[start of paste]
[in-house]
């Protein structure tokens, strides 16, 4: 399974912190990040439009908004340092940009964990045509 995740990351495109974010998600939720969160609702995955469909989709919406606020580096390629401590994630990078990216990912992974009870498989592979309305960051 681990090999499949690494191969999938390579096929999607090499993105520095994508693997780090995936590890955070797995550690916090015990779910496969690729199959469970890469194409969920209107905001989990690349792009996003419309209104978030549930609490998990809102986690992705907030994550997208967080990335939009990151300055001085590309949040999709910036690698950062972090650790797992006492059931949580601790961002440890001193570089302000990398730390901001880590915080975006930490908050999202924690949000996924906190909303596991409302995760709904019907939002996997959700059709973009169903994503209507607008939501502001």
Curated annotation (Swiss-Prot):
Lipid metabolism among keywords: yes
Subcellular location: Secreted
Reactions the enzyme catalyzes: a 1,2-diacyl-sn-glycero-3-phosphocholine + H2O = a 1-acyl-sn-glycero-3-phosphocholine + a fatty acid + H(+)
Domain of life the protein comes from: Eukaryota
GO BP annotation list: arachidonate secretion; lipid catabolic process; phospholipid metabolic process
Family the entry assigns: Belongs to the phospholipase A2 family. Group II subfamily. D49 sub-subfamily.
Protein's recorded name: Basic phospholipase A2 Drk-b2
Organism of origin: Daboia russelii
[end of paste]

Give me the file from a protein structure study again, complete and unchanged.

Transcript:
[in-house]
């Protein structure tokens, strides 16, 4: 399974912190990040439009908004340092940009964990045509 995740990351495109974010998600939720969160609702995955469909989709919406606020580096390629401590994630990078990216990912992974009870498989592979309305960051 681990090999499949690494191969999938390579096929999607090499993105520095994508693997780090995936590890955070797995550690916090015990779910496969690729199959469970890469194409969920209107905001989990690349792009996003419309209104978030549930609490998990809102986690992705907030994550997208967080990335939009990151300055001085590309949040999709910036690698950062972090650790797992006492059931949580601790961002440890001193570089302000990398730390901001880590915080975006930490908050999202924690949000996924906190909303596991409302995760709904019907939002996997959700059709973009169903994503209507607008939501502001």
Curated annotation (Swiss-Prot):
Lipid metabolism among keywords: yes
Subcellular location: Secreted
Reactions the enzyme catalyzes: a 1,2-diacyl-sn-glycero-3-phosphocholine + H2O = a 1-acyl-sn-glycero-3-phosphocholine + a fatty acid + H(+)
Domain of life the protein comes from: Eukaryota
GO BP annotation list: arachidonate secretion; lipid catabolic process; phospholipid metabolic process
Family the entry assigns: Belongs to the phospholipase A2 family. Group II subfamily. D49 sub-subfamily.
Protein's recorded name: Basic phospholipase A2 Drk-b2
Organism of origin: Daboia russelii